In today’s blog post we will start to look into the common symptom; “Contradictory/late requirement changes”. This means that the requirements sometimes are not only late they can be contradictory to the former ones as well.
Asking why, many times on “Contradictory/late requirement changes” gives these three symptoms on the same level.
- “Too many stakeholders that cannot agree”. This is a common problem especially in big organisations with many products connected to one or more big system products. Then it is difficult to agree about requirements that involve many products in the total system. The silo responsible are only interested in their own silo.
- “The customer need is not fully understood”. This is common especially for software product development where there already is existing hardware. Because the hardware is only a container for the software, and we can therefore build almost anything with the software. But, the problem is what to build.
Asking why on this symptom give us the very common new symptom “The customer do not know what to require”.
This is about the complexity and uncertainty that come with Customer Pull and the software product development in the 1990s, which the waterfall way of working cannot handle, see this blog post for details. And as we everybody know, to please the customer is not easy.
That means if we ask why again, we get the symptom “The complexity about the product is underestimated”
- “The complexity about the product is underestimated”, we will get directly if we instead look into the hardware side, where we have much more of Technology Push, when the way of working does not favour experimental work to gain the needed knowledge to be able to realise the product. See this series of blog posts for a deep dive in a 25 year old regulator algorithm solution to a very complex software problem.
If we put the symptoms achieved so far in a picture structured like the Prefilled Root Cause Analysis Map, it will look like this.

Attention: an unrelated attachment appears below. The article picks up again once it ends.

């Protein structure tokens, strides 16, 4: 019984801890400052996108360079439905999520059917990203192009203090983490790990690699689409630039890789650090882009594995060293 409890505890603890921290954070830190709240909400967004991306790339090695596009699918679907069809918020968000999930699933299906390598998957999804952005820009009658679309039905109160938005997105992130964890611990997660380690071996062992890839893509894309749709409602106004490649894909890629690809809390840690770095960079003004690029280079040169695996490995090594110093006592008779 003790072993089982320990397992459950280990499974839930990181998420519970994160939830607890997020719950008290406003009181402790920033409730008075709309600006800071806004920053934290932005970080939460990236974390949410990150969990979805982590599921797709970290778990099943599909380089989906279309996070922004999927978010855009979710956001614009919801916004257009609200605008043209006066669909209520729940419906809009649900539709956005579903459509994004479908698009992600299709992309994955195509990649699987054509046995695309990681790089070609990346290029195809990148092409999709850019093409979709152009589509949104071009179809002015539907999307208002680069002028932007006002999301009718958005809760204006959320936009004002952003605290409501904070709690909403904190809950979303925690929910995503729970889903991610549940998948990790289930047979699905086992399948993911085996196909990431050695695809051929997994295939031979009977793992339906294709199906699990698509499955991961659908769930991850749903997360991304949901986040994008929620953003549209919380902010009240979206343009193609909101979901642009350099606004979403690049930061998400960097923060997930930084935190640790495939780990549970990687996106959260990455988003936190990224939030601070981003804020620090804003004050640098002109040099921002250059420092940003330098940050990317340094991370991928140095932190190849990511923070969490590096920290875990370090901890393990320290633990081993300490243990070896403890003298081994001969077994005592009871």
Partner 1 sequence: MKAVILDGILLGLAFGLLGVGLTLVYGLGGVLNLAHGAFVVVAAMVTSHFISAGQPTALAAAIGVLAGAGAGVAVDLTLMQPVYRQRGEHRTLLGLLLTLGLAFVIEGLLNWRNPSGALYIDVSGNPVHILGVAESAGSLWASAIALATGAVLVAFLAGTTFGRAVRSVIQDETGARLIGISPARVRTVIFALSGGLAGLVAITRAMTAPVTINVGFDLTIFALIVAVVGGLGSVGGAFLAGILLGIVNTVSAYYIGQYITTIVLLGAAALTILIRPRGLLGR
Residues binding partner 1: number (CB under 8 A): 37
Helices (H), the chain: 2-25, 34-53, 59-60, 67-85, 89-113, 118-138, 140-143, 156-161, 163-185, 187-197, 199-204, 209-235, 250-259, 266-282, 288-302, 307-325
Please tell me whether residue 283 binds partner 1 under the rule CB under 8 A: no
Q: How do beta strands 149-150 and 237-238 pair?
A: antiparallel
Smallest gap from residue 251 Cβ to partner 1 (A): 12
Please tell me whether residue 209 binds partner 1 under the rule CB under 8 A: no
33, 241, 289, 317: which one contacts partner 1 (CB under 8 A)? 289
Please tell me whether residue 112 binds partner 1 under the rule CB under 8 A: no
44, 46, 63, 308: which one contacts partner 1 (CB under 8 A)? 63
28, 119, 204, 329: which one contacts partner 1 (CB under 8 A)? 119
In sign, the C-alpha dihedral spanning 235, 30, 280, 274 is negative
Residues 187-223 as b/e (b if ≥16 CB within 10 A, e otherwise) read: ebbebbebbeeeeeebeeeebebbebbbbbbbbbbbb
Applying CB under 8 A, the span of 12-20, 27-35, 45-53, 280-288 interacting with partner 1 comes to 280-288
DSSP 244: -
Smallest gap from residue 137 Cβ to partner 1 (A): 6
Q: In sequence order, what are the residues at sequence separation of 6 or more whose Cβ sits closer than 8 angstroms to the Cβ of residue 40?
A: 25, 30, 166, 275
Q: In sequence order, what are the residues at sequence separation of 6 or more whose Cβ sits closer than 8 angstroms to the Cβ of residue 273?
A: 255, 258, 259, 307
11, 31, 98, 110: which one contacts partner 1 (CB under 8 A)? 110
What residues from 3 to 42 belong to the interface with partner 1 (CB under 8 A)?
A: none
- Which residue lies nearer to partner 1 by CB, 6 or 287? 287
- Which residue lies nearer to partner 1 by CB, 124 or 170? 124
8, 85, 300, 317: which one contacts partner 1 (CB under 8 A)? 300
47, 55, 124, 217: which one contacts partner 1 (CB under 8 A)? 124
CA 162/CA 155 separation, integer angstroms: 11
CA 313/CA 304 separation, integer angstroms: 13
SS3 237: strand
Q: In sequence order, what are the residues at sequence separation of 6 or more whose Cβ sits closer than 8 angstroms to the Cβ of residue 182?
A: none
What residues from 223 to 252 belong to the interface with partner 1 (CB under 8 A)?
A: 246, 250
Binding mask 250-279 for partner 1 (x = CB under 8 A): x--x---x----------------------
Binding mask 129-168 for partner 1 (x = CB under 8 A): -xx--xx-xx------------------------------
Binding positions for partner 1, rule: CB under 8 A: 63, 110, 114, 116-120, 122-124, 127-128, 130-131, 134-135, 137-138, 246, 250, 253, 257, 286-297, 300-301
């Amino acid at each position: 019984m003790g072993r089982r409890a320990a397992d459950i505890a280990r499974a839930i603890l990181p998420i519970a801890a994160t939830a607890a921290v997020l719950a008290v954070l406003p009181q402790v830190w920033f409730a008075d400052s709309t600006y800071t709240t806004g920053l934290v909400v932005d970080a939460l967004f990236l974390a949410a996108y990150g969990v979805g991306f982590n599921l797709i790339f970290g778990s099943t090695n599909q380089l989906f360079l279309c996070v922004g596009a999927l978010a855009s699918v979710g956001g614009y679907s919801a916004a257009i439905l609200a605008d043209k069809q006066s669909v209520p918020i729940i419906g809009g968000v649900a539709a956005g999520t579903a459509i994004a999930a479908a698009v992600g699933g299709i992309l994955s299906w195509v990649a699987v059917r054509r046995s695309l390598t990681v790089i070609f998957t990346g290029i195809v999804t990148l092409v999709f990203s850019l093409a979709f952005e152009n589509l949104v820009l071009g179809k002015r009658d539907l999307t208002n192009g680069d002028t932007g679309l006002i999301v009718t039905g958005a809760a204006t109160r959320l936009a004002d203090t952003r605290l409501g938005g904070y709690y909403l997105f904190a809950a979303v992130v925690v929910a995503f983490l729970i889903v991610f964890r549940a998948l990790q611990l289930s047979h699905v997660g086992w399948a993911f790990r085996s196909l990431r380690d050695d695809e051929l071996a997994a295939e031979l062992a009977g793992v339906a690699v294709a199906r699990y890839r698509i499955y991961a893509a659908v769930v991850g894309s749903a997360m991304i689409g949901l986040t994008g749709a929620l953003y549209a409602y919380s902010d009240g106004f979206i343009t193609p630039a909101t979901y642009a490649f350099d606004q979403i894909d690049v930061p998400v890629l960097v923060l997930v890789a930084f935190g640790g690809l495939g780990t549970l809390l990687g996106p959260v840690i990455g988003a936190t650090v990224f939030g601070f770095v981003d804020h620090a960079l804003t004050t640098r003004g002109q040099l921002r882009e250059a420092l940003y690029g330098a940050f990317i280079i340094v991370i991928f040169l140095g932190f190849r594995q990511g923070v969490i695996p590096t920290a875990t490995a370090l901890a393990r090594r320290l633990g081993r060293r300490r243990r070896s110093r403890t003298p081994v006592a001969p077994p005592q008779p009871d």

We continue to ask why on the symptom “Too many stakeholders that cannot agree”, and then we arrive in the root cause “We do not have control and responsibility over the system product’s architecture”. This is a common problem in silo organisations, since no silo manager can have control over another silo manager, due to the KPI settings per silo. This will be elaborated on in a later blog post.
Asking why on the symptom “The complexity about the product is underestimated”, we will get the symptom “Too slow feedback”. And when working with complexity, we need extremely fast feedback to gain knowledge as fast as we can, so we can enter the ordered domains where we know what to do with or without experts.
Asking why again will get the symptom “Too big batch sizes”, which of course will slow down our ability to get fast feedback.
Finally asking why gives us the root cause “The Integration Events/Aggregation Points are not timely”, which means that we must understand when we need to set our Integration Events/Aggregation Points, so we get just-in-time feedback.
A part of the Prefilled Root Cause Analysis Map with the chain of symptoms for “Contradictory/late requirement changes” will then look like this:
This was all for this blog post, and in the next blog post in this series we continue with the next symptom, “We deliver customer value too slow”. C u then.